March 10, 2020
Prevalence and Predictors of Elevated Central Venous Pressure and Obstructive Sleep Apnea Evaluated in Patients With Lower Extremity Chronic Venous Disease
March 10, 2020—Online in Journal of Vascular Surgery: Venous & Lymphatic Disorders (JVS-VL) , Raghu Kolluri, MD, et al published findings from a study of the prevalence and predictors of elevated central venous pressure (CVP) and obstructive sleep apnea (OSA) in patients with lower extremity chronic venous disease (CVD).
This single-center, retrospective, descriptive study was composed of patients referred to the investigators' tertiary care center (OhioHealth Riverside Methodist Hospital in Columbus, Ohio) with a diagnosis of CVD. Each patient was evaluated by a simultaneous venous duplex ultrasound to assess venous reflux and limited echocardiography of the right side of the heart to assess elevated CVP. The prevalence and predictors of elevated CVP in this cohort were assessed using multivariate logistic regression.
As summarized in JVS-VL, a total of 264 patients with CVD were evaluated; of these, 22.7% had elevated CVP and 26.9% had OSA.
The investigators reported that there was no significant difference in the prevalence of OSA or elevated body mass index in the group with elevated CVP compared with patients with normal CVP.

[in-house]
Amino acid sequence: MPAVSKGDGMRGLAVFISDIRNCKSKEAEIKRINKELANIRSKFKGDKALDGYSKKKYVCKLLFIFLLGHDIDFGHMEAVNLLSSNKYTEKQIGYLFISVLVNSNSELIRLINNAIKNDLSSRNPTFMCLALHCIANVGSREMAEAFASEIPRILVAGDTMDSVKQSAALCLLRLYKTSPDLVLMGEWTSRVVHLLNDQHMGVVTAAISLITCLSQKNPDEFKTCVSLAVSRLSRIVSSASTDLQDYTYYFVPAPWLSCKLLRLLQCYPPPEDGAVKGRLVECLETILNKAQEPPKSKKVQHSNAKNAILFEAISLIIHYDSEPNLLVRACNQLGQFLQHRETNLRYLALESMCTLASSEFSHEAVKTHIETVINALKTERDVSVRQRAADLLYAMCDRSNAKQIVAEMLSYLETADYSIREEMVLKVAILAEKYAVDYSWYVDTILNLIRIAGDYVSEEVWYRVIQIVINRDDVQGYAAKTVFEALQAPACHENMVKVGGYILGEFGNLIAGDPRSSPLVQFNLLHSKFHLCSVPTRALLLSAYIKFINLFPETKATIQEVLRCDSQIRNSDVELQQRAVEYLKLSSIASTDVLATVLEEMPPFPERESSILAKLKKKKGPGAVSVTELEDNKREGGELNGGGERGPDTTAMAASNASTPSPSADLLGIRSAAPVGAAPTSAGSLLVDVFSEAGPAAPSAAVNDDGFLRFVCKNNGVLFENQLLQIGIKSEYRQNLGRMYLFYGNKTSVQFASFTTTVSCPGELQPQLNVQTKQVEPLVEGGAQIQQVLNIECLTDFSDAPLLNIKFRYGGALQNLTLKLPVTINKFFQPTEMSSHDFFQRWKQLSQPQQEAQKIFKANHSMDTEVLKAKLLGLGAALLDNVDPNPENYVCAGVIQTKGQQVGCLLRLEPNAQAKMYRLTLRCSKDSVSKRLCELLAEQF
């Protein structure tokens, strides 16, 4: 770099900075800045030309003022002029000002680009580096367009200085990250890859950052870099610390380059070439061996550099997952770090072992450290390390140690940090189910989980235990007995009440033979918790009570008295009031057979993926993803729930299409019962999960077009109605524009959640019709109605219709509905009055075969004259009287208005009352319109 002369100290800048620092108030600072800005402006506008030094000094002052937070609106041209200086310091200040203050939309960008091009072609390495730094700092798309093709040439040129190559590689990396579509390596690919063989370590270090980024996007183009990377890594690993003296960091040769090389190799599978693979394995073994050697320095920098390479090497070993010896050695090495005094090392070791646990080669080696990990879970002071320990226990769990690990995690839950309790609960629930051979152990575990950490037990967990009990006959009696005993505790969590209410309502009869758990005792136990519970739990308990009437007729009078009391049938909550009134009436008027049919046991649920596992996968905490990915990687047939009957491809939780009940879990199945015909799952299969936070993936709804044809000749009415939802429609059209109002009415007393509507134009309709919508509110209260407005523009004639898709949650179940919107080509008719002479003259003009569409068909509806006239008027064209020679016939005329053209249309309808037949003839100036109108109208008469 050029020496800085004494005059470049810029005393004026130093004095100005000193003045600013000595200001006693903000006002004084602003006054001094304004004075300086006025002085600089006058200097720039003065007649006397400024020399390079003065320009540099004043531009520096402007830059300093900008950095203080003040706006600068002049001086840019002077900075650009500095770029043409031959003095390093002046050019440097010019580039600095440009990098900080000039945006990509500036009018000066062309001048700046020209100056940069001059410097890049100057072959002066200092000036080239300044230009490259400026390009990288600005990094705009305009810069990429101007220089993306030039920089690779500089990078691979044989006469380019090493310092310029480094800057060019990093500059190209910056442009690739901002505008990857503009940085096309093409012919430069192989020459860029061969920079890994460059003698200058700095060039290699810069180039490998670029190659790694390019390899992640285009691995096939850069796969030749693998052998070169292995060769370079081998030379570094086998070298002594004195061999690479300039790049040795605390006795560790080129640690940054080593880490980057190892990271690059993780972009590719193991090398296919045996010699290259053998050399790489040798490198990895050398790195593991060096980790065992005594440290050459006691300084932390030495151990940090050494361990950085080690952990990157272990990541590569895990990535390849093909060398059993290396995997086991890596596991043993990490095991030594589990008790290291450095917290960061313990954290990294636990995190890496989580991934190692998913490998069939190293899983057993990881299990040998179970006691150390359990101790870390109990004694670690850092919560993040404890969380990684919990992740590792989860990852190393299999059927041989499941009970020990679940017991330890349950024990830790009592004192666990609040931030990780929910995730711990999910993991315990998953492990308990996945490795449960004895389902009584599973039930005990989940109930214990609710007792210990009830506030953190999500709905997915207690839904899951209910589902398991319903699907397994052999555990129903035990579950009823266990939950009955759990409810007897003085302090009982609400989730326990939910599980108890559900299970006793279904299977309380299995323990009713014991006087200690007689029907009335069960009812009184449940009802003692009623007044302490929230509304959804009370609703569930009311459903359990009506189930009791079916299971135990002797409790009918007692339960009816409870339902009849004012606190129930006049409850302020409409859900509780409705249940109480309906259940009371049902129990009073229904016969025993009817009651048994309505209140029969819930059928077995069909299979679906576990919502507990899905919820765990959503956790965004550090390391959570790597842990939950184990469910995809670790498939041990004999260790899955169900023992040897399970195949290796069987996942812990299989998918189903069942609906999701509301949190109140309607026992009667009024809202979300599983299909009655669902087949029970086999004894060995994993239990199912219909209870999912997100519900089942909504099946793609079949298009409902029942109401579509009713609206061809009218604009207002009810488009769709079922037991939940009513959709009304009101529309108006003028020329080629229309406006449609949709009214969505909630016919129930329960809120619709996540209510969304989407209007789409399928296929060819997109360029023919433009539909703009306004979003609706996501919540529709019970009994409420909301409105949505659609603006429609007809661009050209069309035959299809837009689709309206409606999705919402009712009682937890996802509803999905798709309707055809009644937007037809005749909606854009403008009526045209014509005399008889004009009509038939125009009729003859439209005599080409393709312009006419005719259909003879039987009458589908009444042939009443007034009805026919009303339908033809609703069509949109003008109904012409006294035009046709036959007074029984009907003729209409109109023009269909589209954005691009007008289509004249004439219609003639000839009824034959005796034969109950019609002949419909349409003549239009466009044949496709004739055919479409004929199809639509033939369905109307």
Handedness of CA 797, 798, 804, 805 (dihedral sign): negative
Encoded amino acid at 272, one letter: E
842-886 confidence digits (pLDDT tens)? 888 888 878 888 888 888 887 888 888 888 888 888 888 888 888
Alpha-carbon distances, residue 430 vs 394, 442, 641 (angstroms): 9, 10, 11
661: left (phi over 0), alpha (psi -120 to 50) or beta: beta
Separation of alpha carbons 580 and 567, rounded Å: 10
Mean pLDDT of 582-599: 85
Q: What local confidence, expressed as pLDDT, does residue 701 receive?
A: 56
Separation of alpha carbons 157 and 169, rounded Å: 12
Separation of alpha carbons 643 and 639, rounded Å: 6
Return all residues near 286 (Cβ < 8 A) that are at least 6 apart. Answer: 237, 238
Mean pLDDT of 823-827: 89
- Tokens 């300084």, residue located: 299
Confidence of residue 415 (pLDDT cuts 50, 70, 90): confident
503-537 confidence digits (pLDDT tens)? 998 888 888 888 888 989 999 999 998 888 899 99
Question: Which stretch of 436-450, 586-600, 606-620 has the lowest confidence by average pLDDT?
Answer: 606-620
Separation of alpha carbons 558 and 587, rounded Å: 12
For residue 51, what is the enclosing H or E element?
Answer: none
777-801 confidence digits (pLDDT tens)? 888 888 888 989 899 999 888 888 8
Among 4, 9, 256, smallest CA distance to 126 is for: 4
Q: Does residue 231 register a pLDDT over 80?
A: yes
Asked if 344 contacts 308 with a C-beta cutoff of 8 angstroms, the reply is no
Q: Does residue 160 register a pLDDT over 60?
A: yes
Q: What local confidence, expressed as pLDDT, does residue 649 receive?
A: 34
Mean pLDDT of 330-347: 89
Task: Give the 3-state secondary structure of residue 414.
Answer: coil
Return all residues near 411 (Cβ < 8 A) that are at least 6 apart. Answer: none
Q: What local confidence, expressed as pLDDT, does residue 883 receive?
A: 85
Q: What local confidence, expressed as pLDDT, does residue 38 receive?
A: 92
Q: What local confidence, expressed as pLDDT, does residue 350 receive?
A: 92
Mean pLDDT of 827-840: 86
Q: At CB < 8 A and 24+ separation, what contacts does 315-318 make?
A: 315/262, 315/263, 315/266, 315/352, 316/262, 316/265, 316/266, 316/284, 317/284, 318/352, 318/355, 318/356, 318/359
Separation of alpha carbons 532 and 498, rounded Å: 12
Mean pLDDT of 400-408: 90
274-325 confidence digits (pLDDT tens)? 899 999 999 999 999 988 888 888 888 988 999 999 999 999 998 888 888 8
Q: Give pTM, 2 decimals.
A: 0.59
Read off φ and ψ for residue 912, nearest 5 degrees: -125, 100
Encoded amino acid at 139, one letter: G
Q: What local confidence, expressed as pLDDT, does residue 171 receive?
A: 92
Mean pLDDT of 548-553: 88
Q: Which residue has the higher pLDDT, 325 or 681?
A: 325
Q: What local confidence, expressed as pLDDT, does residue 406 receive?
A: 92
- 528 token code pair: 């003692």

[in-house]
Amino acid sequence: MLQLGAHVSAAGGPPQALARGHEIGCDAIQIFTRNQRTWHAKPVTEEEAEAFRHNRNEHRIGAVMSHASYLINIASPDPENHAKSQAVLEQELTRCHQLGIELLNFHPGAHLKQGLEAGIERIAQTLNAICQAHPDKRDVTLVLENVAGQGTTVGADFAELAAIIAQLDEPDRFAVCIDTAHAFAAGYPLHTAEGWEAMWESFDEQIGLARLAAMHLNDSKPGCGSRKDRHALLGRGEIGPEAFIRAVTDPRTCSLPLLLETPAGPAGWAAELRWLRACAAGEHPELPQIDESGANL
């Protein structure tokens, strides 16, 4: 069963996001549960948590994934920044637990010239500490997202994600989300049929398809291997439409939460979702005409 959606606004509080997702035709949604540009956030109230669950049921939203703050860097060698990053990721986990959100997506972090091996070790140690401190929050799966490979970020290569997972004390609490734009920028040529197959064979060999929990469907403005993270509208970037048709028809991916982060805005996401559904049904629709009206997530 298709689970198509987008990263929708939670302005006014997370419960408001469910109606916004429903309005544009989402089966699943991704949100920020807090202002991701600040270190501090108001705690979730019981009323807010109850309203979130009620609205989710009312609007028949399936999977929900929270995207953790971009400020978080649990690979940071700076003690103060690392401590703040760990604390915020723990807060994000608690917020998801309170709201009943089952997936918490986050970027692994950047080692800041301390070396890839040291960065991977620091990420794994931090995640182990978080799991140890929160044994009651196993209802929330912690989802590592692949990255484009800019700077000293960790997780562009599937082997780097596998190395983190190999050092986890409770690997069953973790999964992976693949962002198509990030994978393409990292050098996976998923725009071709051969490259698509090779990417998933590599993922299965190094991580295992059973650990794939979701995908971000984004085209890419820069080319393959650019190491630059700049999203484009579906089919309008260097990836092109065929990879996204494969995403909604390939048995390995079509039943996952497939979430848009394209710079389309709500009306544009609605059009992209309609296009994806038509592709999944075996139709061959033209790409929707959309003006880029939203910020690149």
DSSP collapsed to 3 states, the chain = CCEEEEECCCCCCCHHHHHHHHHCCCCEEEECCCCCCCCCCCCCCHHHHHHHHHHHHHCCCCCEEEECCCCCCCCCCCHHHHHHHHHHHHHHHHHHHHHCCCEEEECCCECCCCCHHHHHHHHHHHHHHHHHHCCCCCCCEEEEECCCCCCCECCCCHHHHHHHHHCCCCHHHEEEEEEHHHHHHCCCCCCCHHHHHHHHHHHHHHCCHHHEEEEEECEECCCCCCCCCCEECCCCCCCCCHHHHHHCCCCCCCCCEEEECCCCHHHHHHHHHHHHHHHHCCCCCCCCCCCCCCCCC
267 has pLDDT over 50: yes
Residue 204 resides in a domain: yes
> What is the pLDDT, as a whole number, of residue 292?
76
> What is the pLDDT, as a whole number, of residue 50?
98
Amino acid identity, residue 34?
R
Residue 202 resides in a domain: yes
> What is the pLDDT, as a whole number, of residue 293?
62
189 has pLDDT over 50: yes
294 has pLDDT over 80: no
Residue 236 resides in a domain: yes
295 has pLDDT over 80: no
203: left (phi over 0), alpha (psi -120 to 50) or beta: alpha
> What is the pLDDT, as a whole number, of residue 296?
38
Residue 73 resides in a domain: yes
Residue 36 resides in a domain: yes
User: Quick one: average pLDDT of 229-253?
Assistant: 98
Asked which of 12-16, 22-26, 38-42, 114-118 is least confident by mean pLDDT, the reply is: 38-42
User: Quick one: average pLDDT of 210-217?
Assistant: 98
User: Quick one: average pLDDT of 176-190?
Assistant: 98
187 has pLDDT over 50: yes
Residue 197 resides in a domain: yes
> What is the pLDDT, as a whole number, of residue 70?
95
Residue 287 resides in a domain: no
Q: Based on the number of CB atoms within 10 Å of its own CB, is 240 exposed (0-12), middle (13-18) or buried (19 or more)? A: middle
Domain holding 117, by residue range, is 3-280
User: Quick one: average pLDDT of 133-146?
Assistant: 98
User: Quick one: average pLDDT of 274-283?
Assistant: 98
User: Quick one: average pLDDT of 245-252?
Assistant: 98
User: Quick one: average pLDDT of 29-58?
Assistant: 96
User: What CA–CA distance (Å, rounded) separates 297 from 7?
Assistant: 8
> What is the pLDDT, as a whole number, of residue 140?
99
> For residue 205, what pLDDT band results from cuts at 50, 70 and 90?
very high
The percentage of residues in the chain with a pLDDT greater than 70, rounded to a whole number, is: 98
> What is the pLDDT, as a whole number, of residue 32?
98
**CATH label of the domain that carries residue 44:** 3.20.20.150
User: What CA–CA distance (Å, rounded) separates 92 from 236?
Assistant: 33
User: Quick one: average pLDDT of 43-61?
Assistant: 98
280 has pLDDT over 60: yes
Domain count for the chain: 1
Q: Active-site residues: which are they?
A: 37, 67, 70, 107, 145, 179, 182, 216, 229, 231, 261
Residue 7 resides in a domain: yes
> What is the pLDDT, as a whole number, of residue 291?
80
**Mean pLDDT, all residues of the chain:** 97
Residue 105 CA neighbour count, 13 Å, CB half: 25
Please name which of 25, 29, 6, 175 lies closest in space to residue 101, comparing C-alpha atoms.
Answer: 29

Additionally, the findings demonstrated that the predictors of elevated CVP were > 64.6 years old (odds ratio [OR], 1.03; 95% confidence interval [CI], 1.003–1.05; P = .026), diabetes mellitus (OR, 2.19; 95% CI, 1.05–4.5; P = .035), and right lower extremity Venous Clinical Severity Score of ≥ 8.5 (OR, 1.098; 95% CI, 1.01–11.193; P = .026). Other predictors included a history of pulmonary embolism and renal insufficiency.
The investigators concluded that the prevalence of elevated CVP and OSA is significant in this cohort of patients compared with the general population and that age, diabetes, and right lower extremity chronic venous insufficiency symptoms seem to be predictors of elevated CVP.
Larger, population-based prevalence studies are needed to confirm these findings, noted the investigators in JVS-VL.
Discussing the findings with Endovascular Today, Dr. Kolluri commented, "All venous specialists encounter patients that present with symptoms that mimic venous disease but do not respond to venous therapies. Very little was known about the role of elevated CVPs and peripheral venous hypertension. In our study at the OhioHealth/Riverside Methodist Hospital, we noted significant prevalence of both CVP and OSA in patients who were referred to us for chronic venous insufficiency. We hope that our paper sheds some light on elevated CVP and its potential role in patients presenting with chronic venous insufficiency symptoms."